The Gap between Rich and Poor: South African Society’s Biggest Divide Depends on Where You Think You Fit In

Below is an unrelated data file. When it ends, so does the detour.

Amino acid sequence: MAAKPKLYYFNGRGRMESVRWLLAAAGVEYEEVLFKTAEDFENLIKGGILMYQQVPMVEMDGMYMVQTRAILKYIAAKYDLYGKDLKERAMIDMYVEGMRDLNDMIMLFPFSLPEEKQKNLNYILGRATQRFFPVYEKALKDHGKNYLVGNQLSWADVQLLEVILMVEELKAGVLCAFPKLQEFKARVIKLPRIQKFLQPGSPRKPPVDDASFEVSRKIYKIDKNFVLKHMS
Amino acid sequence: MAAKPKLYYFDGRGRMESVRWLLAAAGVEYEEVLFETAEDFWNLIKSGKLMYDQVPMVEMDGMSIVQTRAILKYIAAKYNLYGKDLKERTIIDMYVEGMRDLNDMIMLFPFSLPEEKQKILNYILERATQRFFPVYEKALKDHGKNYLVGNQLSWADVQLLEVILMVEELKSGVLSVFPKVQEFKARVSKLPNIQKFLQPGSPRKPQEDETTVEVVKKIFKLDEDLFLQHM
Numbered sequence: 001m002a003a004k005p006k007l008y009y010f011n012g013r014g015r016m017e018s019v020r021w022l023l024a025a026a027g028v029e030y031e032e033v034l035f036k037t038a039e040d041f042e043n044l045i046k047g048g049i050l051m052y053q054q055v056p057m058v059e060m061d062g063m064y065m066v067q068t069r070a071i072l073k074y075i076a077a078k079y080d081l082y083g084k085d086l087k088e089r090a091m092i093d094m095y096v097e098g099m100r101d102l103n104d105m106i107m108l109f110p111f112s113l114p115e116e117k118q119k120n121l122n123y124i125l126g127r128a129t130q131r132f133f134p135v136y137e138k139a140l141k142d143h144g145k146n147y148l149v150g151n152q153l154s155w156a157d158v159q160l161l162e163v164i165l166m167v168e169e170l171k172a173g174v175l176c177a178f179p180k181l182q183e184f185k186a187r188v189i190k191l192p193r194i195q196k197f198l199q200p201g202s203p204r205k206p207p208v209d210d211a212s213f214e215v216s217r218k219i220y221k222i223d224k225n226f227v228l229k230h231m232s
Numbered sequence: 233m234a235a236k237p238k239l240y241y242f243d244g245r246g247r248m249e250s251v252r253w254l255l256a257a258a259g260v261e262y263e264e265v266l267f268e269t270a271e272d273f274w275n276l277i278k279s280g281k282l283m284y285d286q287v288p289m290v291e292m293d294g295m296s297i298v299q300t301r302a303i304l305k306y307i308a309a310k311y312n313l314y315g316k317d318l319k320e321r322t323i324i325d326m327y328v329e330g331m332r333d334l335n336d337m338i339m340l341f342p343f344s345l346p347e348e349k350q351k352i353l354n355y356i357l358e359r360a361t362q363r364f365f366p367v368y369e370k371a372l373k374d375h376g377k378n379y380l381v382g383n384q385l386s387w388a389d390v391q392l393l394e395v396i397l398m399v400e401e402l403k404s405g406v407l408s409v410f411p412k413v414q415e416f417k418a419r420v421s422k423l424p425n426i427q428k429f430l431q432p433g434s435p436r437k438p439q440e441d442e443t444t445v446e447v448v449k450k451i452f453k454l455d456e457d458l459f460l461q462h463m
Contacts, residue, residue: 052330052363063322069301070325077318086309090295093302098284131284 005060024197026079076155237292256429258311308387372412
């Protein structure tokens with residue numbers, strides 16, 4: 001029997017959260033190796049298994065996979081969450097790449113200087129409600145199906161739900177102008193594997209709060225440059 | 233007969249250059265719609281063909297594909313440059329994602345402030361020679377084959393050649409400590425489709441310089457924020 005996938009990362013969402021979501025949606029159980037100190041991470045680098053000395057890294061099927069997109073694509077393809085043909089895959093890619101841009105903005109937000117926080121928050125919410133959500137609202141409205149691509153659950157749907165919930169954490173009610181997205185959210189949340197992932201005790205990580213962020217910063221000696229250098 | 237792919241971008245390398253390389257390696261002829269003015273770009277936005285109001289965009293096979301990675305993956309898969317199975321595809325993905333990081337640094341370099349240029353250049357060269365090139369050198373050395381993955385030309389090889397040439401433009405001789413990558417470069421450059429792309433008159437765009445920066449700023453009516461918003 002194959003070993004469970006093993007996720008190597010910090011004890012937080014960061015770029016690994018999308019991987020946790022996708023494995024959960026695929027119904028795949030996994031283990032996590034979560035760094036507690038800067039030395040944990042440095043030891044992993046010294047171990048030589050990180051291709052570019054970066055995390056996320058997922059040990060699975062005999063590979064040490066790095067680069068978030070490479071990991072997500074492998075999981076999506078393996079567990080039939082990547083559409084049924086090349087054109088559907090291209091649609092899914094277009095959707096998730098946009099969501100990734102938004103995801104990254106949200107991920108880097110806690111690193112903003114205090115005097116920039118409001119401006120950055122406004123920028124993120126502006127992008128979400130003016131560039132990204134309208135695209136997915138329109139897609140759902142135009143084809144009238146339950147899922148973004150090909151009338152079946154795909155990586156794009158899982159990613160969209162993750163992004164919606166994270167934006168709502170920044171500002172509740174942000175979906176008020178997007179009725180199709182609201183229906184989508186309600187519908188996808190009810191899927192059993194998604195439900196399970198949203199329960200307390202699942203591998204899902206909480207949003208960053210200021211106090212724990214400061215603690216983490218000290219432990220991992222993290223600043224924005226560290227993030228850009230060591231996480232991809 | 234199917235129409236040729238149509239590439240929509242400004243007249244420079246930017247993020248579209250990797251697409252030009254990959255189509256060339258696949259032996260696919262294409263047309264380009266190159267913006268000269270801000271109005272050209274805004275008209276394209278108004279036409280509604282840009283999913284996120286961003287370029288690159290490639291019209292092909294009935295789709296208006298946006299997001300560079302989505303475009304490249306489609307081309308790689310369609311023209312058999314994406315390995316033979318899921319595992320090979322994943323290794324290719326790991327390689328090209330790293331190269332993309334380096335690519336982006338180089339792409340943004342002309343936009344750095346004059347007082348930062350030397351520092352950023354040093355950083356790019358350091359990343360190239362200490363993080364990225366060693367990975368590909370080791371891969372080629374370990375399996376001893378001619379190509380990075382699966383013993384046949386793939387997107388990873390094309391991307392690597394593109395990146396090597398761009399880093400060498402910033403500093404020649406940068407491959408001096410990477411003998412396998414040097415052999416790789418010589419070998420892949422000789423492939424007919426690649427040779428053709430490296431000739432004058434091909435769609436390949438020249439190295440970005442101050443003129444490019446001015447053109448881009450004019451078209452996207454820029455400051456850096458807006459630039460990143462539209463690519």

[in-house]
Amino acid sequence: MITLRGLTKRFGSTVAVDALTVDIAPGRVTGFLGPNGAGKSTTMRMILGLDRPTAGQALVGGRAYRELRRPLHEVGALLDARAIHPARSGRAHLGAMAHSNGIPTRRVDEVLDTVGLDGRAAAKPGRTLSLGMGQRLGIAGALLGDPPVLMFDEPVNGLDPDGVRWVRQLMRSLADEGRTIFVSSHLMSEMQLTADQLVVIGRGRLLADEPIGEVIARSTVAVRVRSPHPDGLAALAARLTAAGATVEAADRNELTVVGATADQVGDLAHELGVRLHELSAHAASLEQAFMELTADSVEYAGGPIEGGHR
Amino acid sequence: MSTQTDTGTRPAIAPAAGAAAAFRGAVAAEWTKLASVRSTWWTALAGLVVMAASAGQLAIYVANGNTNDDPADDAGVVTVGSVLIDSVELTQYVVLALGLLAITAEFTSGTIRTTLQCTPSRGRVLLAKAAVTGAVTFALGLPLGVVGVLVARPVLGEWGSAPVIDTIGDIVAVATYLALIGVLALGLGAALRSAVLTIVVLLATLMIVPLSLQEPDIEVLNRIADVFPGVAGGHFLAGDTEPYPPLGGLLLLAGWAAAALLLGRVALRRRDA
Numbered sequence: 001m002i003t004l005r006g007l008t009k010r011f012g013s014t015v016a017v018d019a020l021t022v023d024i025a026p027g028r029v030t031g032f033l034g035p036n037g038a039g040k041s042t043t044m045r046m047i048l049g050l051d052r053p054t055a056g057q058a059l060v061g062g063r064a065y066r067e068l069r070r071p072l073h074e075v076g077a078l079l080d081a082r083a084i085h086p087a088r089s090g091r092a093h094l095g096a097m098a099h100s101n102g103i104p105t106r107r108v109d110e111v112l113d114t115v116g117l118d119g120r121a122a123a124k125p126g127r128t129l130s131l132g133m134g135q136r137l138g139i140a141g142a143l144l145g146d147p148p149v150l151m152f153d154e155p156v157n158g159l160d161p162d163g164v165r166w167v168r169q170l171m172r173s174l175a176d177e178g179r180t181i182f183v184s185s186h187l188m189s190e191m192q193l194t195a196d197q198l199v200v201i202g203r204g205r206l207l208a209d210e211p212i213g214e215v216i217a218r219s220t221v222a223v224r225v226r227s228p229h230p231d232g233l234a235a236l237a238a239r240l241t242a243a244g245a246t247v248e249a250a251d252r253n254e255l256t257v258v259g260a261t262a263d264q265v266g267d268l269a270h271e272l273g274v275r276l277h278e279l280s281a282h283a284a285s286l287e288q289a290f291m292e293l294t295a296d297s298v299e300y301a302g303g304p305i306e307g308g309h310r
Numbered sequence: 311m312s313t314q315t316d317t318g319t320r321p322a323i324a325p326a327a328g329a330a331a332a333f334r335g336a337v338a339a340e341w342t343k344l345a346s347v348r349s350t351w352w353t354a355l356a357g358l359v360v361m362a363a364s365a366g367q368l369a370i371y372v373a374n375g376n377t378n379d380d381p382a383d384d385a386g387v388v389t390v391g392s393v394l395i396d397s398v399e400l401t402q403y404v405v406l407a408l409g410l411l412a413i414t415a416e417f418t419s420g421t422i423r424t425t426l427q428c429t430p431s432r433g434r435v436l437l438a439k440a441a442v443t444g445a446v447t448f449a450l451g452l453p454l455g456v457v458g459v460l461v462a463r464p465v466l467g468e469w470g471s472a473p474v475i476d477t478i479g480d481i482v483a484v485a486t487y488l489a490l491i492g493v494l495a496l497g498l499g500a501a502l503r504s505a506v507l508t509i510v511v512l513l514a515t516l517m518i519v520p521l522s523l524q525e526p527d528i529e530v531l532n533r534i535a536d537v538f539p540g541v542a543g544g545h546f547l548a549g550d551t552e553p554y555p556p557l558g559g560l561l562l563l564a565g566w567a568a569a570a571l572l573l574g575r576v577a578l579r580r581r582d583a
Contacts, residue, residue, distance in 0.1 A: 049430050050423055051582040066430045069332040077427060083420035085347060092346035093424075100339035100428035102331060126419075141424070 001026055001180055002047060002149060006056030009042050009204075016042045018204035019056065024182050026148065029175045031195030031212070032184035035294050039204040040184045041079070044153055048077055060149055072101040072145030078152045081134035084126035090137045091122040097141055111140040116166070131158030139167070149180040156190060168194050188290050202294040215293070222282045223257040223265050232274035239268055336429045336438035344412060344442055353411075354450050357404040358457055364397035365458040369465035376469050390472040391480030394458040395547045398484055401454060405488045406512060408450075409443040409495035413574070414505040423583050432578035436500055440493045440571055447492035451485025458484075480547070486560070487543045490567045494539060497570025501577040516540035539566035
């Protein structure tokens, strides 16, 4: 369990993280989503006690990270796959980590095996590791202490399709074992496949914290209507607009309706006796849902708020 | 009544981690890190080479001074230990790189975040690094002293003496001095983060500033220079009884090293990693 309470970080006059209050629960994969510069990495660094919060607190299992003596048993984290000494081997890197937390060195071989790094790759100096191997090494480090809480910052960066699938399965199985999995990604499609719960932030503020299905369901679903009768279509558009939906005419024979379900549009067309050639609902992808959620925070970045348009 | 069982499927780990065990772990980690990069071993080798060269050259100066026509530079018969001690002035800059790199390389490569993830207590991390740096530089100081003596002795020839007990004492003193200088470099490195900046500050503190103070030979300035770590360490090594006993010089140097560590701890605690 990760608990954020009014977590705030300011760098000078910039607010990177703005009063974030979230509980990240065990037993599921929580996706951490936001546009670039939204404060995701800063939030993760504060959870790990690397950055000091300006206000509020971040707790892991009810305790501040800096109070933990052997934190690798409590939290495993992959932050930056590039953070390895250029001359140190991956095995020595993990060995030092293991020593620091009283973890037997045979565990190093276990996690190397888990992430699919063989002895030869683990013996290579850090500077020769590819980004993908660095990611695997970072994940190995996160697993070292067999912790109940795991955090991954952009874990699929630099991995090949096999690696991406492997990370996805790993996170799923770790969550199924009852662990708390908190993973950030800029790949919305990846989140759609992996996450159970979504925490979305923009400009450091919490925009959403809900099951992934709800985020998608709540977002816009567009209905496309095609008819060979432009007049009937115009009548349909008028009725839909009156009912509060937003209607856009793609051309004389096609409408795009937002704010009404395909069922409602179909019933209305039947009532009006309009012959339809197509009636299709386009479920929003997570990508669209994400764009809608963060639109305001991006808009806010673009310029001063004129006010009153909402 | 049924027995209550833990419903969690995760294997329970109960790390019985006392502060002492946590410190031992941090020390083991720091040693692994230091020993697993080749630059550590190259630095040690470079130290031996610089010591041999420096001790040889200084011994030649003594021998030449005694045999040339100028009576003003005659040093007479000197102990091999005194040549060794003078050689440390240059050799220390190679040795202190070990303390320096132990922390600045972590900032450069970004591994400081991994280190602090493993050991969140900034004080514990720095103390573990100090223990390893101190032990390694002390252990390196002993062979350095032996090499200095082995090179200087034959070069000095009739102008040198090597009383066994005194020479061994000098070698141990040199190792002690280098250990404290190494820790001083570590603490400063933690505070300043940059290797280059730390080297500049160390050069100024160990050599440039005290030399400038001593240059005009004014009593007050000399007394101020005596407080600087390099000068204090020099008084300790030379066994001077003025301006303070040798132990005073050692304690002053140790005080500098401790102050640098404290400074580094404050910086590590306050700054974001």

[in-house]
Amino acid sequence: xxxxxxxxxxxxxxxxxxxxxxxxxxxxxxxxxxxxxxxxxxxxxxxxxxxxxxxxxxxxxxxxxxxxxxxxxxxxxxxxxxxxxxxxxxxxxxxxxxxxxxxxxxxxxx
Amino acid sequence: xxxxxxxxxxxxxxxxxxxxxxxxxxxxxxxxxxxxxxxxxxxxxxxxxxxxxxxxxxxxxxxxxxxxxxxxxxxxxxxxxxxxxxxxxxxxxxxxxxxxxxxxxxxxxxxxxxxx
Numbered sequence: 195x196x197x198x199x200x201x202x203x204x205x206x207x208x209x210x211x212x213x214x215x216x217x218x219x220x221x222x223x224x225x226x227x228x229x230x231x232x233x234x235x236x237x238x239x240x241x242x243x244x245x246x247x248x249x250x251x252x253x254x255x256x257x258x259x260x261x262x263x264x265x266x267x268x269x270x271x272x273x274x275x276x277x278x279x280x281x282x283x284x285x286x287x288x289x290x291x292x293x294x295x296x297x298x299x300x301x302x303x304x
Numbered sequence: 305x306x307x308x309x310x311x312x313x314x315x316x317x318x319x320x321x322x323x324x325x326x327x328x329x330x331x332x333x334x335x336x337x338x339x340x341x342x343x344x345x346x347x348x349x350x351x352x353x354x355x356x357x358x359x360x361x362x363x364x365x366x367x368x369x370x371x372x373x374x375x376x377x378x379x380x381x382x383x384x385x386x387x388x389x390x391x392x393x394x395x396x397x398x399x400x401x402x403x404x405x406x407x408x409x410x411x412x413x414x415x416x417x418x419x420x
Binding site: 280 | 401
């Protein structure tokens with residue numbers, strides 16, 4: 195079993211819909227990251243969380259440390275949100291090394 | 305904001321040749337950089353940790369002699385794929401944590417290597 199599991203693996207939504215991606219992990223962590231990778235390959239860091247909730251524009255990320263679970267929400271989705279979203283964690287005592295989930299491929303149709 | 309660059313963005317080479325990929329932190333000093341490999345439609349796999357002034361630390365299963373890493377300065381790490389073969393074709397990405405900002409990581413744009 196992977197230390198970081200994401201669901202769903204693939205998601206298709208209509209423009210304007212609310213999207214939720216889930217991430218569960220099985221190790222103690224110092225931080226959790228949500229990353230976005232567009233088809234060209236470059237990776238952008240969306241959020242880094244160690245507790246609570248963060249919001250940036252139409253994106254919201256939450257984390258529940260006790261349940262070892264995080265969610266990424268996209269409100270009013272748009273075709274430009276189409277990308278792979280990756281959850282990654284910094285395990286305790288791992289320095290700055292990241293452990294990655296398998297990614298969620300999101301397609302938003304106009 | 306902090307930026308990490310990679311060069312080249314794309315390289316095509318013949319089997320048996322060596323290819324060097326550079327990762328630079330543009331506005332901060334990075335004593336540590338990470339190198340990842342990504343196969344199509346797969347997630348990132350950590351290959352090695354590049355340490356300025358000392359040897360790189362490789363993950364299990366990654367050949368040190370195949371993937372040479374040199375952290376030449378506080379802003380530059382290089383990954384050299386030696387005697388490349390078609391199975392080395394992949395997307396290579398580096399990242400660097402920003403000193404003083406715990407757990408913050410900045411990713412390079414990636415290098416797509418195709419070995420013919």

This paper investigated the possible relationship between relative financial situation and the sentiment whether or not inequality is the primary source of division in South Africa. This matters, as we have shown through our literature review, because perceived inequality (as opposed to objectively measured inequality) holds implications for social phenomena – in particular social cohesiveness. Our main finding is that those who regard themselves as ‘worse off’ than others are more likely to indicate that inequality is the main source of division in South Africa, while those who indicate that they are ‘better off’ or that their financial situation is ‘the same’ to that of their compatriots, are less likely to indicate that inequality is the main source of division in South Africa. This is an important finding when considering social cohesion on a national level. If those who consider themselves ‘better off’ than or ‘the same’ as the rest of South Africa are less likely to recognize the pervasiveness of inequality as a source of division, those with better means and resources to facilitate change and enhance social cohesion might not recognize the necessity to involve themselves in efforts to bring about a more just society.